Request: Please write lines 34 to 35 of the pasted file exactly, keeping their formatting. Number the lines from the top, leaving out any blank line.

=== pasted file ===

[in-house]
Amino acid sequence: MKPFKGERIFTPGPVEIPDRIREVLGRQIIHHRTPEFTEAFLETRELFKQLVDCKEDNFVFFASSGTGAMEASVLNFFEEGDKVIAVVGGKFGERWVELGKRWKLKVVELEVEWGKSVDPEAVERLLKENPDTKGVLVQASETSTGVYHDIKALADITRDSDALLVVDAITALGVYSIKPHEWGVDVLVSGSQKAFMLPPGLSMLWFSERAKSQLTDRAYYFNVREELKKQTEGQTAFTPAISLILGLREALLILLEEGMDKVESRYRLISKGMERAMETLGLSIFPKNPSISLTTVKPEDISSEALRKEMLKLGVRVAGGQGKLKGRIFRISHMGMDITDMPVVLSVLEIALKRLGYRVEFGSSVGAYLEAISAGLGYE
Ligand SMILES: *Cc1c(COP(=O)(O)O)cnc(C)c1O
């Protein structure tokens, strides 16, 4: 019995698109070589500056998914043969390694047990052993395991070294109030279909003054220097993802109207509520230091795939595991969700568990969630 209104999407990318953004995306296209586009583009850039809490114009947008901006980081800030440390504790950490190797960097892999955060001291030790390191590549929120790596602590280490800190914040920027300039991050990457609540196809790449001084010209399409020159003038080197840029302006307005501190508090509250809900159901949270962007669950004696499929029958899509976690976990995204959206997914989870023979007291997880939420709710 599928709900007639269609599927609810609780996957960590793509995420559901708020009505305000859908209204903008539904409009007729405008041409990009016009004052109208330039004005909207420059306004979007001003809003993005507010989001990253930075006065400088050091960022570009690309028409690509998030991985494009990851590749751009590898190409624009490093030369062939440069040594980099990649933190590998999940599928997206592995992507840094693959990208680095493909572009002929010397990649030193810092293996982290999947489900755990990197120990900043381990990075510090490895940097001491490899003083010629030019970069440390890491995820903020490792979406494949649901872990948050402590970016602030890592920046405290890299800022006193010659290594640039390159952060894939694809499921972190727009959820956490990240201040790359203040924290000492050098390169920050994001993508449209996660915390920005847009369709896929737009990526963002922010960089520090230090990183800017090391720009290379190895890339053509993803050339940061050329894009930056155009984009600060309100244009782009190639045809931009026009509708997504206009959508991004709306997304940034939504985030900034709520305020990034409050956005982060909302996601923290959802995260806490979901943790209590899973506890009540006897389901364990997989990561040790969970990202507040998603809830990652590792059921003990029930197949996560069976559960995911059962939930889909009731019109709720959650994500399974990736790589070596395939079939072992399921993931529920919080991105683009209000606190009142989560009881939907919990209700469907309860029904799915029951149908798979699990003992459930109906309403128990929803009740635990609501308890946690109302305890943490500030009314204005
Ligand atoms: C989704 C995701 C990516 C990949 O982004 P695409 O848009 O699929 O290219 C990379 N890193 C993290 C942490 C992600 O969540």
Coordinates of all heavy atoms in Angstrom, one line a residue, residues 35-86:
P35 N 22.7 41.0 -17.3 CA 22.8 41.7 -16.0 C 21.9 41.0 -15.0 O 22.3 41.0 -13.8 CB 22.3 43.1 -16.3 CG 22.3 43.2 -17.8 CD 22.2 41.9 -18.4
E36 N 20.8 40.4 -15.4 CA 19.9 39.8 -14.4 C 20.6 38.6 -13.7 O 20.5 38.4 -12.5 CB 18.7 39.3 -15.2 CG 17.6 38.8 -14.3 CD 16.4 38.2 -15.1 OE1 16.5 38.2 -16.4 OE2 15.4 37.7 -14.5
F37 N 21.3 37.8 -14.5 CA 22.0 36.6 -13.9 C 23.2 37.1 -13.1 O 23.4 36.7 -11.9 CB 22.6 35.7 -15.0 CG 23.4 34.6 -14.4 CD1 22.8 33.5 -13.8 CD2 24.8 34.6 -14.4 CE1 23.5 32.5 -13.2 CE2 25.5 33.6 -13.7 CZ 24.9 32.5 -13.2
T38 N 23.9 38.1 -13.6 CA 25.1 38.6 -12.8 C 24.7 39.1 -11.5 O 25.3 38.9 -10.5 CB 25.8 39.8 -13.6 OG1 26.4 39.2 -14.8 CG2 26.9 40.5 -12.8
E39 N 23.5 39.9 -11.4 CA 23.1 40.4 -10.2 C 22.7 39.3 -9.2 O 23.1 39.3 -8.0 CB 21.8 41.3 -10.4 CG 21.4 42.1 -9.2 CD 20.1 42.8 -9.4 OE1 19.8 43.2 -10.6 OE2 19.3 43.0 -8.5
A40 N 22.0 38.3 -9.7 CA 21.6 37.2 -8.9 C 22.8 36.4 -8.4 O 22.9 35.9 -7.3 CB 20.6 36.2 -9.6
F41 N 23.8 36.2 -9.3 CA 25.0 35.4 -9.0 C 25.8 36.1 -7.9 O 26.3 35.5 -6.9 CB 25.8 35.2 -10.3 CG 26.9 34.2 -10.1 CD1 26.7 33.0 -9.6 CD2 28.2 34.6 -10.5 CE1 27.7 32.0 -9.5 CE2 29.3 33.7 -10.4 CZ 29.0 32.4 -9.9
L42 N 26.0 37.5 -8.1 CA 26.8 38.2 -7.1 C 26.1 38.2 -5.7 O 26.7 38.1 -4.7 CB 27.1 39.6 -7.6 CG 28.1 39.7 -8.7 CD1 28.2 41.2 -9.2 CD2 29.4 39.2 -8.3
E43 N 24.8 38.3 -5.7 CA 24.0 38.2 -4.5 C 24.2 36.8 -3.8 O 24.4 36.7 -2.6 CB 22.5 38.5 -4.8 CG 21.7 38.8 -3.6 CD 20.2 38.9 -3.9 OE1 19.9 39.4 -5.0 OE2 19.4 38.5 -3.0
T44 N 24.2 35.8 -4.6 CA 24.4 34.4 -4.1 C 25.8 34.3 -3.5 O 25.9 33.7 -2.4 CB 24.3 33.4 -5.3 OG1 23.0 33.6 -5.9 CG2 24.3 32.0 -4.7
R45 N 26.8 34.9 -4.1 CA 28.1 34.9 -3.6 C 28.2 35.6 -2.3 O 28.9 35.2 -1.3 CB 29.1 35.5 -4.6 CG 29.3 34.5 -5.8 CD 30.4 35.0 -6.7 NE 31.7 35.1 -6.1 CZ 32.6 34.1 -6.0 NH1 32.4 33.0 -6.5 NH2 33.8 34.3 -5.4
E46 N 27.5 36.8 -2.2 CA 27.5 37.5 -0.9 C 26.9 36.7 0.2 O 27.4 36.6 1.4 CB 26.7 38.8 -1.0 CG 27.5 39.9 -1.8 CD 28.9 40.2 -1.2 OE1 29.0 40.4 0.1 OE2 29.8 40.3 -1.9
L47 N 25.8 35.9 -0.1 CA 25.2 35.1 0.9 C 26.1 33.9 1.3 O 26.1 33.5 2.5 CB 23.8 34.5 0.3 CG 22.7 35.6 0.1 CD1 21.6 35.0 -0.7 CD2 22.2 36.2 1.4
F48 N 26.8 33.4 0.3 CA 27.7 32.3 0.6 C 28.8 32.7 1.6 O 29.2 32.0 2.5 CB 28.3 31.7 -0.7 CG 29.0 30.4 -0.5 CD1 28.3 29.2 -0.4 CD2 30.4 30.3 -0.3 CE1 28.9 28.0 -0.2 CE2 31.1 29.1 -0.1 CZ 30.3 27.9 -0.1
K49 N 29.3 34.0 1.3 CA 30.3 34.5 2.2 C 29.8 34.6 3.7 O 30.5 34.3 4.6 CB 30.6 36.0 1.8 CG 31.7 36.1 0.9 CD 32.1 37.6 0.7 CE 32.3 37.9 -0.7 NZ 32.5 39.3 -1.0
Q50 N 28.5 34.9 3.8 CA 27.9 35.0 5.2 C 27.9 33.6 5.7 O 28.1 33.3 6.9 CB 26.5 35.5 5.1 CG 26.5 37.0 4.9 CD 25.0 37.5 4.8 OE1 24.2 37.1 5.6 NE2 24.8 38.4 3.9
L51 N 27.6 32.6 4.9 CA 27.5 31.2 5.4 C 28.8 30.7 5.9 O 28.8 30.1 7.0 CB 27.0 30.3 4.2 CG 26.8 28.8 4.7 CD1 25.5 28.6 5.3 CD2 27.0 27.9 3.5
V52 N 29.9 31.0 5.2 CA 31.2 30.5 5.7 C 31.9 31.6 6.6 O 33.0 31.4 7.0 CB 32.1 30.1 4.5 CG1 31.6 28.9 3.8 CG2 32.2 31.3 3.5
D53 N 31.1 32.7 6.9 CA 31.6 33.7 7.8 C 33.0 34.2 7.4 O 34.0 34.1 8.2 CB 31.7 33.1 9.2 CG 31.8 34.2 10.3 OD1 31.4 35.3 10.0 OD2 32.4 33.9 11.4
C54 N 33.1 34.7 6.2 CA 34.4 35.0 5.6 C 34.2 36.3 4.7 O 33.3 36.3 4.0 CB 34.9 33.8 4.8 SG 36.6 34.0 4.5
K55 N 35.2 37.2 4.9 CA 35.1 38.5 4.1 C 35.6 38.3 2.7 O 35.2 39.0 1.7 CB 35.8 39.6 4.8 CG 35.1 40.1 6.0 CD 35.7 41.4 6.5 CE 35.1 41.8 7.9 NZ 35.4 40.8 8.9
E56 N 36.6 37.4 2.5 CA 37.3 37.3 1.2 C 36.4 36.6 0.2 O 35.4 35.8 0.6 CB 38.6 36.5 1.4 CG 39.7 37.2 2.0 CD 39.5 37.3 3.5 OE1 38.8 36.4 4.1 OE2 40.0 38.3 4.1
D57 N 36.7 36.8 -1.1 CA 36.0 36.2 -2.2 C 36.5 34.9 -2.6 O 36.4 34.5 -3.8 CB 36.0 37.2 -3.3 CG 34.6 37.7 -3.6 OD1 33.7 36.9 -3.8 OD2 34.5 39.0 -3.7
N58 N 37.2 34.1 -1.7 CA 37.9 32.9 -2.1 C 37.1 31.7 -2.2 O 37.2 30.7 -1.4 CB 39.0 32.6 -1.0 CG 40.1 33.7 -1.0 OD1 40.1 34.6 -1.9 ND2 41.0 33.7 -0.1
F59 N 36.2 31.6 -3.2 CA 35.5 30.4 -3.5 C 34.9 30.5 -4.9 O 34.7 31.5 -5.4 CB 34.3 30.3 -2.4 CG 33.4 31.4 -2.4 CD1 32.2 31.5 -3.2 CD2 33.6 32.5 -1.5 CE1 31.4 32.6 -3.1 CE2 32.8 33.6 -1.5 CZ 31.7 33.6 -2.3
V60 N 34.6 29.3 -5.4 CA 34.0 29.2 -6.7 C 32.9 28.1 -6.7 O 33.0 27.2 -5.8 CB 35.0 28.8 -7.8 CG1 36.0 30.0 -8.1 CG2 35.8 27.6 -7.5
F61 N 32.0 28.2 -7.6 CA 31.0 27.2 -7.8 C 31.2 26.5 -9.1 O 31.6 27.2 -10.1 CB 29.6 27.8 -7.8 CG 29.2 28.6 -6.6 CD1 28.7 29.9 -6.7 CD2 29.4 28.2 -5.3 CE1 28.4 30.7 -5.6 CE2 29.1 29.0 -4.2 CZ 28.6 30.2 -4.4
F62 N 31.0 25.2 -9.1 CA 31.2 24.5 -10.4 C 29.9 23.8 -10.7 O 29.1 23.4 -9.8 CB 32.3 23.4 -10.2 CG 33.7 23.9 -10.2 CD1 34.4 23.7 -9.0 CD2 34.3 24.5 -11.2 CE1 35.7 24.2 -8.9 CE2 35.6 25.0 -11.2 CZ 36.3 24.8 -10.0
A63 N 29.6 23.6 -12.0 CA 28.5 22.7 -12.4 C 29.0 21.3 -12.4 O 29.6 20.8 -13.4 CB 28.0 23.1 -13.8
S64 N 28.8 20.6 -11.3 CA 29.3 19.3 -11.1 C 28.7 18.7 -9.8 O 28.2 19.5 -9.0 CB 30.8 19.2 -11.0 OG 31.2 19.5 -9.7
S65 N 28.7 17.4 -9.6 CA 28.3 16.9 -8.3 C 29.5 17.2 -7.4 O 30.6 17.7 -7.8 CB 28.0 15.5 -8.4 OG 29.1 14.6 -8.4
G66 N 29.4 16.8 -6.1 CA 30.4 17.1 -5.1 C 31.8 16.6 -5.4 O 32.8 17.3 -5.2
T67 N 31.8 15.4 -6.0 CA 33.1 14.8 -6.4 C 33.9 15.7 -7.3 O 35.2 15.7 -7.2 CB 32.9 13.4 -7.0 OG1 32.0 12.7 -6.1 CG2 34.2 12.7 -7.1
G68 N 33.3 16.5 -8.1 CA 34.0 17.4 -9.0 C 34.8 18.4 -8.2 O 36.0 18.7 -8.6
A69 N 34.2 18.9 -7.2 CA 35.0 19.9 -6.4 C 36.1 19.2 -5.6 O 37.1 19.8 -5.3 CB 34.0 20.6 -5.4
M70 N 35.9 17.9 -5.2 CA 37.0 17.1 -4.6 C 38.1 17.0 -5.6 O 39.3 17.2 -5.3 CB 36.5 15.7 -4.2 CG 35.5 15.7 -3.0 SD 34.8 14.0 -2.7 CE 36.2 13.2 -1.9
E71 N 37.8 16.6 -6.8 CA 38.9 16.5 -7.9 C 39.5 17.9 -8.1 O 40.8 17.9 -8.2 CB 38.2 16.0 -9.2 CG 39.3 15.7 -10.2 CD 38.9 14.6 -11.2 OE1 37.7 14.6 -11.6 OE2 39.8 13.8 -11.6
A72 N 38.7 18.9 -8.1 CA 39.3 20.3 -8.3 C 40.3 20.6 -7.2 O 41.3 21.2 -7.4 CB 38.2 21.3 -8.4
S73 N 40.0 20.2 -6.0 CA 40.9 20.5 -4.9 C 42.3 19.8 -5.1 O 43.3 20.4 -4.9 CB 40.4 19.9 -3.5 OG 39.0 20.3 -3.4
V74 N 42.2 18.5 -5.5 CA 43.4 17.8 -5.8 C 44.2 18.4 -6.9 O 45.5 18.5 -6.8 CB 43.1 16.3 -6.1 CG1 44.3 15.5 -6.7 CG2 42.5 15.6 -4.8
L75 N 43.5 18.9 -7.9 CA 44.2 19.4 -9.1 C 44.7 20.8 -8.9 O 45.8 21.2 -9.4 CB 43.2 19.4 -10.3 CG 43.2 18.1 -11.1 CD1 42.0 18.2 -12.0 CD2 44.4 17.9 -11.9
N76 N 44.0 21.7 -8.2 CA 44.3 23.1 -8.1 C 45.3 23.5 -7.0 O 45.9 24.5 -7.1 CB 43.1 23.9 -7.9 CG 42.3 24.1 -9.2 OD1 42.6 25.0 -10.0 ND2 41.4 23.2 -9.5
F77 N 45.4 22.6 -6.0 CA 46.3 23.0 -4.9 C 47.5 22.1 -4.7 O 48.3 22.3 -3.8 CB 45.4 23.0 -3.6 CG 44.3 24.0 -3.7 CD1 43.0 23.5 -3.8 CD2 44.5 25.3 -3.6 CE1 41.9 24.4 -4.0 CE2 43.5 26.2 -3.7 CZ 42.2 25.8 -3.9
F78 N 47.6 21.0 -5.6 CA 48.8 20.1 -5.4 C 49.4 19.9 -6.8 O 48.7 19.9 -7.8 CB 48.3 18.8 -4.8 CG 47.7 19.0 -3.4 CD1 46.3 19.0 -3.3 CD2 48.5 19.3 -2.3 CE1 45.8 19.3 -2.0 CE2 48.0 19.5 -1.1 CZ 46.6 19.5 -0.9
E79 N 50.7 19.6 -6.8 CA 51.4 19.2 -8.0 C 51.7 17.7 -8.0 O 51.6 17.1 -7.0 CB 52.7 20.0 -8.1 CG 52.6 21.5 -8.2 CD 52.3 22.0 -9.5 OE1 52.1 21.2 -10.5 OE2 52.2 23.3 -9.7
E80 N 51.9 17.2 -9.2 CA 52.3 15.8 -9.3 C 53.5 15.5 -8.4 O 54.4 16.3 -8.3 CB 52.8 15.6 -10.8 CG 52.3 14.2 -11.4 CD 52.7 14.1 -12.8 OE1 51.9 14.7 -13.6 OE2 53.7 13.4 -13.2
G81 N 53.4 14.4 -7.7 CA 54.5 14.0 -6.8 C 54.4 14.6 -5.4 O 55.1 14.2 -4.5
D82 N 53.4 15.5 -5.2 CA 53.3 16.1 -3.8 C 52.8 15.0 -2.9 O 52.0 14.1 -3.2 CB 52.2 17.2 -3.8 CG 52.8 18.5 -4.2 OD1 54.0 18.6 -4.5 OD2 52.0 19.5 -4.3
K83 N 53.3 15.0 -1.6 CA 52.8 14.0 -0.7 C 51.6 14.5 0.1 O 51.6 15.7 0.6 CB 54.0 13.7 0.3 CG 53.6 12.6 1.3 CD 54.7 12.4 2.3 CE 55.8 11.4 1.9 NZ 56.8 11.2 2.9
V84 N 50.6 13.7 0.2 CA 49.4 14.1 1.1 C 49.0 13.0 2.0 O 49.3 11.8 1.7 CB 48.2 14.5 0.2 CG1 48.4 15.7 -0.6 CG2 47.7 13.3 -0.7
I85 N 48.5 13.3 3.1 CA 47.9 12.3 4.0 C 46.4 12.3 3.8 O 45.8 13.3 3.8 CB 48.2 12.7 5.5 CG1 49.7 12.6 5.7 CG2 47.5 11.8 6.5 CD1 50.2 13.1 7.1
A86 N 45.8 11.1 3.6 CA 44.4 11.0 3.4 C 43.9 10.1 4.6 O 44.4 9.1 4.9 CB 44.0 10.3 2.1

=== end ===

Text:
F62 N 31.0 25.2 -9.1 CA 31.2 24.5 -10.4 C 29.9 23.8 -10.7 O 29.1 23.4 -9.8 CB 32.3 23.4 -10.2 CG 33.7 23.9 -10.2 CD1 34.4 23.7 -9.0 CD2 34.3 24.5 -11.2 CE1 35.7 24.2 -8.9 CE2 35.6 25.0 -11.2 CZ 36.3 24.8 -10.0
A63 N 29.6 23.6 -12.0 CA 28.5 22.7 -12.4 C 29.0 21.3 -12.4 O 29.6 20.8 -13.4 CB 28.0 23.1 -13.8